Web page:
Acquisition of Gamut Therapeutics and SparingVision’s second product: SPVN20

SparingVision completes €44.5m Series A fundraise and appoints Stéphane Boissel as Chief Executive Officer

Design of SPVN06; lead compound patent filed.

Formation of SparingVision to develop a gene therapy encoding the two synergistic isoforms of NXNL1 (RdCVF and RdCVFL) in a single vector.

Demonstration of a synergistic effect between RdCVF and RdCVFL (Byrne et al, 2015).

Commencement of a gene therapy project between Institut de la Vision (Paris, France) and University of Berkeley (California, USA), seeking to restore the natural neuroprotective effect of rods for cones via the secretion of RdCVF in patients suffering from Retinitis Pigmentosa at a stage where they have lost rod functionality, leading to a loss of night and peripheral vision.

Thierry Léveillard demonstrates that the protective mechanism of RdCVF is mediated via the supply of glucose to cones and a specific metabolic pathway: aerobic glycolysis (Ait-Ali et al, 2015).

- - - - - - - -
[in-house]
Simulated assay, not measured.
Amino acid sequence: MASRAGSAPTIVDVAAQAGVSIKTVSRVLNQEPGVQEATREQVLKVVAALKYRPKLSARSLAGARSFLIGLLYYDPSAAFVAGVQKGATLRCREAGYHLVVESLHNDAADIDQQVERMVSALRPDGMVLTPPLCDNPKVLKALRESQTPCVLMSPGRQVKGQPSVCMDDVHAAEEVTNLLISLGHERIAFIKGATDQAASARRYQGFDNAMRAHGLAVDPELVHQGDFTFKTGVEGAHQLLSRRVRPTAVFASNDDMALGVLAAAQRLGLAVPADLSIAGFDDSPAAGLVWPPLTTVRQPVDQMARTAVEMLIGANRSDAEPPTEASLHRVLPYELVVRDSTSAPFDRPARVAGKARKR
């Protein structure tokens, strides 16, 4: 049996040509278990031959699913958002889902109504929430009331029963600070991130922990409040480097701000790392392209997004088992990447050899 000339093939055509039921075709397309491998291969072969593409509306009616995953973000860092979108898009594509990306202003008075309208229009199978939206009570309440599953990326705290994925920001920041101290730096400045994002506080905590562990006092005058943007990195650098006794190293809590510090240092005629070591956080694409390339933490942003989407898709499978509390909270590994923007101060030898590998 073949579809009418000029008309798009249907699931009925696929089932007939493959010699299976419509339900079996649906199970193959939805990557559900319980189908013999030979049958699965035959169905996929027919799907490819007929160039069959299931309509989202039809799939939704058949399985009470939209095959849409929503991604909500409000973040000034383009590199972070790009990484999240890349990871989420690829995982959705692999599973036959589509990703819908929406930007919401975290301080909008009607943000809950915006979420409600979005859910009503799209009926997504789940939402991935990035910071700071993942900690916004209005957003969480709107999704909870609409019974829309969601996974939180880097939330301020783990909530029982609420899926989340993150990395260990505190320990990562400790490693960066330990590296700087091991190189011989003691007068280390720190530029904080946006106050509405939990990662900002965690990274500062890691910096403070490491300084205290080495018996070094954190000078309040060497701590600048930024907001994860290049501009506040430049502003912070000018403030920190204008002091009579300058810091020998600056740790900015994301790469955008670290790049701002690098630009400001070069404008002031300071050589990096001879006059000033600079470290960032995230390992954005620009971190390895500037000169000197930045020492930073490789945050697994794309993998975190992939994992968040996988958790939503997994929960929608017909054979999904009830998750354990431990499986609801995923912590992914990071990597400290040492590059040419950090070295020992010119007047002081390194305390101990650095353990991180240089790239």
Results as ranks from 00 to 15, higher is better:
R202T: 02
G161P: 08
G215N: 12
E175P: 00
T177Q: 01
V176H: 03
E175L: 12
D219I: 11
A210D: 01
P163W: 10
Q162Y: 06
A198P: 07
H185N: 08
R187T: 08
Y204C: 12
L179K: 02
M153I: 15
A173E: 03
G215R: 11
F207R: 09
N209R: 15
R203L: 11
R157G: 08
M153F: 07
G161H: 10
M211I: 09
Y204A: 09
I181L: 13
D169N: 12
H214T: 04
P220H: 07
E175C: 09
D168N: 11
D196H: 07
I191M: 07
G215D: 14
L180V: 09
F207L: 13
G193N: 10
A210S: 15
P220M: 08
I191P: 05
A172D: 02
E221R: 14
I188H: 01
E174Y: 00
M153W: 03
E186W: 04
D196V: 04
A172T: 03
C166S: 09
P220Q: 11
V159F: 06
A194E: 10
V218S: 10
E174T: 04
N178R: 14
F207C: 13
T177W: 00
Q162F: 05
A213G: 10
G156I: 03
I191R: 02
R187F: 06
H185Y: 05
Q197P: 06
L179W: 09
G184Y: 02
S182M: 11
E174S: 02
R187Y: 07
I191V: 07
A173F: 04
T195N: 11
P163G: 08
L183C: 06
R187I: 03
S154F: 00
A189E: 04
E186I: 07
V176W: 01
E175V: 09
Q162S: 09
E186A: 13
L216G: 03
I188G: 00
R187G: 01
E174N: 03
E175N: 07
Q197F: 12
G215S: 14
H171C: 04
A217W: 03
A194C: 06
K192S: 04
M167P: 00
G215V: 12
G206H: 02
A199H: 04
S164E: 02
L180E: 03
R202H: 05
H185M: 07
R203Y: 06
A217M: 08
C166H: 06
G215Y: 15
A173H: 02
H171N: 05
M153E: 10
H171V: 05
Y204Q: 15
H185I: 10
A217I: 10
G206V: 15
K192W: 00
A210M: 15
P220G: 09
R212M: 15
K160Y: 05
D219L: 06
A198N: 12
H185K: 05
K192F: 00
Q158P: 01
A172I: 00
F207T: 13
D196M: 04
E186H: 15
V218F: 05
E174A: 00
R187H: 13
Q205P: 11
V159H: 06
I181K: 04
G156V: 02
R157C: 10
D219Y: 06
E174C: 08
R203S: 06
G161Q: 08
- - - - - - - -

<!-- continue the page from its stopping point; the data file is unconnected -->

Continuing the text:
Characterization of a longer isoform (RdCVFL) of NXNL1. Produced by the cones (and the rods) it protects the cones via an anti-oxidative mechanism [Cronin et al, 2010, Elachouri] et al, 2015, Wei et al, 2015). The same academic group demonstrates the efficacy of re-administering the factor in various mutants affected with Rod-Cone Dystrophies (Yang et al,2009).

The same academic group demonstrates the efficiency of re-administering the factor in various mutants affected with rod-cone dystrophies (Yang et al,2009).

Thierry Léveillard and José-Alain Sahel identify the signal, which is characterized as a product of NXNL1 (Nucleoredoxin-like 1), a gene coding for two proteins: the trophic factor and a thioredoxin-like protein (Léveillard et al, 2004)

José-Alain Sahel and his academic team demonstrate that cone maintenance is dependent on a trophic signal/factor secreted by rods (Mohand-Said et al, 1998) tentatively named Rod-derived Cone Viability Factor (RdCVF) (Sahel et al, 2001, Mohand-Said et al, 2001).

Studies conducted by José-Alain Sahel (with Saddek Mohand-Said et David Hicks) demonstrate that cone disappearance is a collateral damage or a side effect from the disappearance of rods and that this mechanism is not a direct effect of the causative mutation (Sahel et al, 1996, Mohand-Said et al, 1997, 2000).